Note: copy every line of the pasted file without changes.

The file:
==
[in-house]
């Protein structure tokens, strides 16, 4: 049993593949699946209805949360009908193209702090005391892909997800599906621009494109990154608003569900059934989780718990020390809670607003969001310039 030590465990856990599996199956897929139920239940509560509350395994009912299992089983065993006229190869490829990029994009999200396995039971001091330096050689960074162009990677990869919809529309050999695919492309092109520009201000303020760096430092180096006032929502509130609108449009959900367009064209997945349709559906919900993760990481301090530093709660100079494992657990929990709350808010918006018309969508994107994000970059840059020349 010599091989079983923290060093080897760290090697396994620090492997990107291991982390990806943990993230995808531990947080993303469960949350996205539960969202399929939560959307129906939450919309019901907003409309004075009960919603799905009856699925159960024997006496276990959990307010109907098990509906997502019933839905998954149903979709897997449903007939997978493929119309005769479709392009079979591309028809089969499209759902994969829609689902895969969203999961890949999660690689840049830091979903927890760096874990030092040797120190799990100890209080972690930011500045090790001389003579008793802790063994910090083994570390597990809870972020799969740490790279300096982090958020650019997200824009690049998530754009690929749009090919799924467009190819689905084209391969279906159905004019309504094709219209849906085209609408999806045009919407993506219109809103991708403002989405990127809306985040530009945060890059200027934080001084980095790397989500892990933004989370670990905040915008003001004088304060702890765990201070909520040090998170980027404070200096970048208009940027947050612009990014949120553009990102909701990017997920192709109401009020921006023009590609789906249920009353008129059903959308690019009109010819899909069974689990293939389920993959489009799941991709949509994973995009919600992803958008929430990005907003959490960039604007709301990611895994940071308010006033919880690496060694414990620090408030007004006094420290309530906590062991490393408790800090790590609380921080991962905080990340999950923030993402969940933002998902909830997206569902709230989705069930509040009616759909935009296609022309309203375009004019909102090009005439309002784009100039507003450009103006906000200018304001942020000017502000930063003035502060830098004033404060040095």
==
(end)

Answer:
[in-house]
């Protein structure tokens, strides 16, 4: 049993593949699946209805949360009908193209702090005391892909997800599906621009494109990154608003569900059934989780718990020390809670607003969001310039 030590465990856990599996199956897929139920239940509560509350395994009912299992089983065993006229190869490829990029994009999200396995039971001091330096050689960074162009990677990869919809529309050999695919492309092109520009201000303020760096430092180096006032929502509130609108449009959900367009064209997945349709559906919900993760990481301090530093709660100079494992657990929990709350808010918006018309969508994107994000970059840059020349 010599091989079983923290060093080897760290090697396994620090492997990107291991982390990806943990993230995808531990947080993303469960949350996205539960969202399929939560959307129906939450919309019901907003409309004075009960919603799905009856699925159960024997006496276990959990307010109907098990509906997502019933839905998954149903979709897997449903007939997978493929119309005769479709392009079979591309028809089969499209759902994969829609689902895969969203999961890949999660690689840049830091979903927890760096874990030092040797120190799990100890209080972690930011500045090790001389003579008793802790063994910090083994570390597990809870972020799969740490790279300096982090958020650019997200824009690049998530754009690929749009090919799924467009190819689905084209391969279906159905004019309504094709219209849906085209609408999806045009919407993506219109809103991708403002989405990127809306985040530009945060890059200027934080001084980095790397989500892990933004989370670990905040915008003001004088304060702890765990201070909520040090998170980027404070200096970048208009940027947050612009990014949120553009990102909701990017997920192709109401009020921006023009590609789906249920009353008129059903959308690019009109010819899909069974689990293939389920993959489009799941991709949509994973995009919600992803958008929430990005907003959490960039604007709301990611895994940071308010006033919880690496060694414990620090408030007004006094420290309530906590062991490393408790800090790590609380921080991962905080990340999950923030993402969940933002998902909830997206569902709230989705069930509040009616759909935009296609022309309203375009004019909102090009005439309002784009100039507003450009103006906000200018304001942020000017502000930063003035502060830098004033404060040095």